This is part three of this article. Please click here to read part one, or part two.
Let’s not overlook the medium by which Paul communicated with Timothy. He wrote him a letter. Now obviously the modern methods of communication were unavailable to the apostle, yet I find it important that Paul (humanly speaking) took the time to carefully choose his words of instruction when he wrote to Timothy.
In this age of a dominant visual and verbal communication, the written word has taken a back seat. In fact, the art of letter writing has become passé to many. Think though for a moment about how encouraging it is to receive personal mail. I’m not speaking now of email or text messages, although they can certainly be encouraging in their place. I’m speaking about the unique feeling one has when he finds that hand written letter or card interspersed among the daily fare of bills, junk mail, and business-related correspondence.
Something about a handwritten note conveys the warmth and personality of its writer. In the handwriting itself there seems to be the imbedding of the writer’s feelings. Have you ever saved a note or a card? Sure you have. In fact, that very thought evokes bad memories in my marriage!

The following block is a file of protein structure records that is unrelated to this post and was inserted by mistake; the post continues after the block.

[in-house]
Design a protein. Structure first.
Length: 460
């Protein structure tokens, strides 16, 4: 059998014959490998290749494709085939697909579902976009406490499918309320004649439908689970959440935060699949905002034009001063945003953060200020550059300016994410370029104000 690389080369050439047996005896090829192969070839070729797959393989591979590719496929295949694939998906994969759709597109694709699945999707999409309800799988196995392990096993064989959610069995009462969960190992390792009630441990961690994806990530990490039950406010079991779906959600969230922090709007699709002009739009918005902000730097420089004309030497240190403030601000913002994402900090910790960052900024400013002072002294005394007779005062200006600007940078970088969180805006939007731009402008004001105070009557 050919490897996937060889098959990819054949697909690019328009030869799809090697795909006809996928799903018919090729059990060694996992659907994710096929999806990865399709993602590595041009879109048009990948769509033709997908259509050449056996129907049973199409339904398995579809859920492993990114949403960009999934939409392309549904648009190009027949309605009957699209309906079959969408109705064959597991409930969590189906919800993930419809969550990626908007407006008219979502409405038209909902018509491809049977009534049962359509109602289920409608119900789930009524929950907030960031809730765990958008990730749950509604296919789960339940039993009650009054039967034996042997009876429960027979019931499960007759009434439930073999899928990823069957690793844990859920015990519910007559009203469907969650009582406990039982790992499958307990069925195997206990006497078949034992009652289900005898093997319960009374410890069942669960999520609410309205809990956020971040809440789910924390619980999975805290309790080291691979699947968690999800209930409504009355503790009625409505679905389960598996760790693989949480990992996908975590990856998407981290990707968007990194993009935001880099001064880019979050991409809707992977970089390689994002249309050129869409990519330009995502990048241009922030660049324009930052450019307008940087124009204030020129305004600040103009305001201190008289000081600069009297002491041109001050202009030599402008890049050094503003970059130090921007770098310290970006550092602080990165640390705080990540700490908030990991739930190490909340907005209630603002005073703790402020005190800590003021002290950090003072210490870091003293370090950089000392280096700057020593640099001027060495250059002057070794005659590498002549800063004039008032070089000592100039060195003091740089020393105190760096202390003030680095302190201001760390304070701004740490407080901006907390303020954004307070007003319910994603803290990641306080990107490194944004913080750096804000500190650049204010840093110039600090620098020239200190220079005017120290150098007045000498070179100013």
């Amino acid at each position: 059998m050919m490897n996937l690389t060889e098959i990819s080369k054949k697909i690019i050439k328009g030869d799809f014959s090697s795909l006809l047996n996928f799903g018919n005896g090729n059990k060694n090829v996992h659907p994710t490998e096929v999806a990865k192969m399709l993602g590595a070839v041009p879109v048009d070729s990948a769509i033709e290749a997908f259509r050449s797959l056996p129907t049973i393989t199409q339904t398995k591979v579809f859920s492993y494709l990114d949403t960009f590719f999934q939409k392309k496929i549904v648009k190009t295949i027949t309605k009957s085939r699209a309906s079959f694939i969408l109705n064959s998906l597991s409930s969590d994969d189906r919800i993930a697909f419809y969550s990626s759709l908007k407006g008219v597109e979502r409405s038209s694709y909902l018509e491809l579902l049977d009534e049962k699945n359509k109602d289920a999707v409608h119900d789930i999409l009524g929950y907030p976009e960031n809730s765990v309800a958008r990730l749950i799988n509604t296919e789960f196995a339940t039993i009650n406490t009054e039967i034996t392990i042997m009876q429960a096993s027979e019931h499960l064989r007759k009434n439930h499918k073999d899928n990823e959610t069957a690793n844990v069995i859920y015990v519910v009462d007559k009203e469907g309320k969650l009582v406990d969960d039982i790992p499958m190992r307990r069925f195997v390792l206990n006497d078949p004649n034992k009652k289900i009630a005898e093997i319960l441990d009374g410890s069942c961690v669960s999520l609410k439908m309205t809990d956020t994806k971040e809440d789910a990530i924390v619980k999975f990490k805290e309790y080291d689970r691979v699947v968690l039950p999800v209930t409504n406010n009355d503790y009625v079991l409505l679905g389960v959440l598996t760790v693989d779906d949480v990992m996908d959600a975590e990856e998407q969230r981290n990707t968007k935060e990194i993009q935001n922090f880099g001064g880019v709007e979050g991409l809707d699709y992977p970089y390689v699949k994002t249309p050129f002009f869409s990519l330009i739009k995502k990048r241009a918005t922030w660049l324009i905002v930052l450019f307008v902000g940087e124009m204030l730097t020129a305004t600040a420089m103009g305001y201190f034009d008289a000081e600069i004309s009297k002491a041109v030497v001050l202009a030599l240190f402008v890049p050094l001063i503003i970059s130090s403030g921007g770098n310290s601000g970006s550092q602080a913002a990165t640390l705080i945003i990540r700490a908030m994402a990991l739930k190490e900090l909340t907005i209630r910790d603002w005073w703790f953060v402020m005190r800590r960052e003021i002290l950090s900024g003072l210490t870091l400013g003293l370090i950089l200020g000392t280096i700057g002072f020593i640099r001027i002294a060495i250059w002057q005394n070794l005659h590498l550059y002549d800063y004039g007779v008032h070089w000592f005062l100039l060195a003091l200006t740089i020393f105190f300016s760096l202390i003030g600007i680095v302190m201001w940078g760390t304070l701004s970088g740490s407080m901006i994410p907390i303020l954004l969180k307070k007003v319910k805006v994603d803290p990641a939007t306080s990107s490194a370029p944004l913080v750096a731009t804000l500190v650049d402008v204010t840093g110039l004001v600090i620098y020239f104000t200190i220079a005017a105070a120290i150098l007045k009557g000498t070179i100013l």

Years ago when Wanda and I were moving from Indiana to Connecticut, we (read here, I) decided to forego packing what had accumulated in our basement storage bin. “We’ll never need that junk!” I remember thinking. “We haven’t used whatever is down there forever, so I’m not packing it!” said I to my flu-stricken young wife. It wasn’t until sometime after we had resettled in Connecticut that we realized that all of the love letters I had written to Wanda were among that “junk.” Now I certainly do not claim to be a poet, and I’m sure that those love letters wouldn’t be fit to publish, but they meant the world to Wanda. While no one else may ever have read those letters (except for humorous value), my wife most certainly would have read them.
Please do not underestimate the power of the written word when it comes to impacting the lives of young people. Handwritten notes and cards make a difference and communicate care and concern to the reader. No teenager in your youth group should have a birthday without receiving a handwritten card and note. Youth leaders who will take the time to mail 10-15 letters or cards a week will make an inestimable difference in the lives of their teens.
Notes tend to be saved and reread many times over. Some of them will find their homes in a scrapbook or hope chest (girls). Some will no doubt eventually be discarded only to find a home in the trash can (boys). But be assured that all of them will find a home in the heart of a teenager (boy or girl).
You might have to dole out $.44 for a stamp. You might not have the convenience of a spell checker. You might have handwriting that would fail 3rd grade penmanship. But write anyway! You’ll be glad you did. So will they.
This is part three of this article. Please click here to read part